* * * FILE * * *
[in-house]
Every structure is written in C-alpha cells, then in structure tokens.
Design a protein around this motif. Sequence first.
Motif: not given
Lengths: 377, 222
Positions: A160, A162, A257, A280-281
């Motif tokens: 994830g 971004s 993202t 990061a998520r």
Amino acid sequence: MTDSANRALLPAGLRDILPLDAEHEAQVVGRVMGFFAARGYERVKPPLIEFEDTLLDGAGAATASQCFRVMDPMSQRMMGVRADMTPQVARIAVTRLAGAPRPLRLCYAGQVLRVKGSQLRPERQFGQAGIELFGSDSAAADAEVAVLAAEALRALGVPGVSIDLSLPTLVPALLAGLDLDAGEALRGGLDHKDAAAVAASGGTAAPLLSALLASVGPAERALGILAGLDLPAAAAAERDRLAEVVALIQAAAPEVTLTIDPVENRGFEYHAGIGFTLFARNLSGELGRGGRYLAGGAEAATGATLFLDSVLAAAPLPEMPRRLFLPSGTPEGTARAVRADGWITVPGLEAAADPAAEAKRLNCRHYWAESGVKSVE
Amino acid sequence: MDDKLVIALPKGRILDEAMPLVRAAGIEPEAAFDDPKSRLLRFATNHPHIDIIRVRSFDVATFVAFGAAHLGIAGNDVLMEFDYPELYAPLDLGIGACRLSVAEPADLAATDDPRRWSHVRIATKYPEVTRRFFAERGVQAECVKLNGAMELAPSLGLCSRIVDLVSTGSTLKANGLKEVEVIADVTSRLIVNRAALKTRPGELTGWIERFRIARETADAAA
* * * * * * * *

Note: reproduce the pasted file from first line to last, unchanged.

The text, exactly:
[in-house]
Every structure is written in C-alpha cells, then in structure tokens.
Design a protein around this motif. Sequence first.
Motif: not given
Lengths: 377, 222
Positions: A160, A162, A257, A280-281
């Motif tokens: 994830g 971004s 993202t 990061a998520r």
Amino acid sequence: MTDSANRALLPAGLRDILPLDAEHEAQVVGRVMGFFAARGYERVKPPLIEFEDTLLDGAGAATASQCFRVMDPMSQRMMGVRADMTPQVARIAVTRLAGAPRPLRLCYAGQVLRVKGSQLRPERQFGQAGIELFGSDSAAADAEVAVLAAEALRALGVPGVSIDLSLPTLVPALLAGLDLDAGEALRGGLDHKDAAAVAASGGTAAPLLSALLASVGPAERALGILAGLDLPAAAAAERDRLAEVVALIQAAAPEVTLTIDPVENRGFEYHAGIGFTLFARNLSGELGRGGRYLAGGAEAATGATLFLDSVLAAAPLPEMPRRLFLPSGTPEGTARAVRADGWITVPGLEAAADPAAEAKRLNCRHYWAESGVKSVE
Amino acid sequence: MDDKLVIALPKGRILDEAMPLVRAAGIEPEAAFDDPKSRLLRFATNHPHIDIIRVRSFDVATFVAFGAAHLGIAGNDVLMEFDYPELYAPLDLGIGACRLSVAEPADLAATDDPRRWSHVRIATKYPEVTRRFFAERGVQAECVKLNGAMELAPSLGLCSRIVDLVSTGSTLKANGLKEVEVIADVTSRLIVNRAALKTRPGELTGWIERFRIARETADAAA